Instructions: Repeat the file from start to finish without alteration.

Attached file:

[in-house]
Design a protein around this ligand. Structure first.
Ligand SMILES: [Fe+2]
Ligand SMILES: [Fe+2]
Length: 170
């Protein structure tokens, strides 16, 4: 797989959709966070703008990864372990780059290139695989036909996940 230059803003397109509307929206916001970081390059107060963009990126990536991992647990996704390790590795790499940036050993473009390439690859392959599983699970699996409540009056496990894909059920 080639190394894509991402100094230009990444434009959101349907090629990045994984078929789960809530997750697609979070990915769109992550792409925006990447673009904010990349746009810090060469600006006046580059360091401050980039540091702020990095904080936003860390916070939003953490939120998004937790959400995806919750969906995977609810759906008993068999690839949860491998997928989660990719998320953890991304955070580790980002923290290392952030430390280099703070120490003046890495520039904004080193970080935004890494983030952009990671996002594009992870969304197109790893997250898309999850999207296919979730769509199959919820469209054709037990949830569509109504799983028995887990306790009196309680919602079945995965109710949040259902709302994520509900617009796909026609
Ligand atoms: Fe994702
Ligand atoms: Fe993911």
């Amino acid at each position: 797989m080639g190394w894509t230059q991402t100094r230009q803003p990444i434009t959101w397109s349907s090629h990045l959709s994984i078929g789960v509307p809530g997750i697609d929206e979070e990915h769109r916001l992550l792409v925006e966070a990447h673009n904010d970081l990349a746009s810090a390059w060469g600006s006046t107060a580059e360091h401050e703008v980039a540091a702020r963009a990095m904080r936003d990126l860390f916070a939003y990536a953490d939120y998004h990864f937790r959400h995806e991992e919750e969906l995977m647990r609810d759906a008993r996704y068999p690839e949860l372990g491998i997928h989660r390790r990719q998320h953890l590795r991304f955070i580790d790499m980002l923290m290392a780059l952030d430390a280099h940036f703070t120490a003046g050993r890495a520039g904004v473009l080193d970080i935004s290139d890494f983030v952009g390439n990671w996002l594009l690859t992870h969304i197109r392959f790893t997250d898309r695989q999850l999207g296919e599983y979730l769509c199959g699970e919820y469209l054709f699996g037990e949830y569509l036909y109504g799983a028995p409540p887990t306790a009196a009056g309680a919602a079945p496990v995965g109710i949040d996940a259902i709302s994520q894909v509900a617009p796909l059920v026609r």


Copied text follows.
[in-house]
Design a protein around this ligand. Structure first.
Ligand SMILES: [Fe+2]
Ligand SMILES: [Fe+2]
Length: 170
């Protein structure tokens, strides 16, 4: 797989959709966070703008990864372990780059290139695989036909996940 230059803003397109509307929206916001970081390059107060963009990126990536991992647990996704390790590795790499940036050993473009390439690859392959599983699970699996409540009056496990894909059920 080639190394894509991402100094230009990444434009959101349907090629990045994984078929789960809530997750697609979070990915769109992550792409925006990447673009904010990349746009810090060469600006006046580059360091401050980039540091702020990095904080936003860390916070939003953490939120998004937790959400995806919750969906995977609810759906008993068999690839949860491998997928989660990719998320953890991304955070580790980002923290290392952030430390280099703070120490003046890495520039904004080193970080935004890494983030952009990671996002594009992870969304197109790893997250898309999850999207296919979730769509199959919820469209054709037990949830569509109504799983028995887990306790009196309680919602079945995965109710949040259902709302994520509900617009796909026609
Ligand atoms: Fe994702
Ligand atoms: Fe993911």
């Amino acid at each position: 797989m080639g190394w894509t230059q991402t100094r230009q803003p990444i434009t959101w397109s349907s090629h990045l959709s994984i078929g789960v509307p809530g997750i697609d929206e979070e990915h769109r916001l992550l792409v925006e966070a990447h673009n904010d970081l990349a746009s810090a390059w060469g600006s006046t107060a580059e360091h401050e703008v980039a540091a702020r963009a990095m904080r936003d990126l860390f916070a939003y990536a953490d939120y998004h990864f937790r959400h995806e991992e919750e969906l995977m647990r609810d759906a008993r996704y068999p690839e949860l372990g491998i997928h989660r390790r990719q998320h953890l590795r991304f955070i580790d790499m980002l923290m290392a780059l952030d430390a280099h940036f703070t120490a003046g050993r890495a520039g904004v473009l080193d970080i935004s290139d890494f983030v952009g390439n990671w996002l594009l690859t992870h969304i197109r392959f790893t997250d898309r695989q999850l999207g296919e599983y979730l769509c199959g699970e919820y469209l054709f699996g037990e949830y569509l036909y109504g799983a028995p409540p887990t306790a009196a009056g309680a919602a079945p496990v995965g109710i949040d996940a259902i709302s994520q894909v509900a617009p796909l059920v026609r």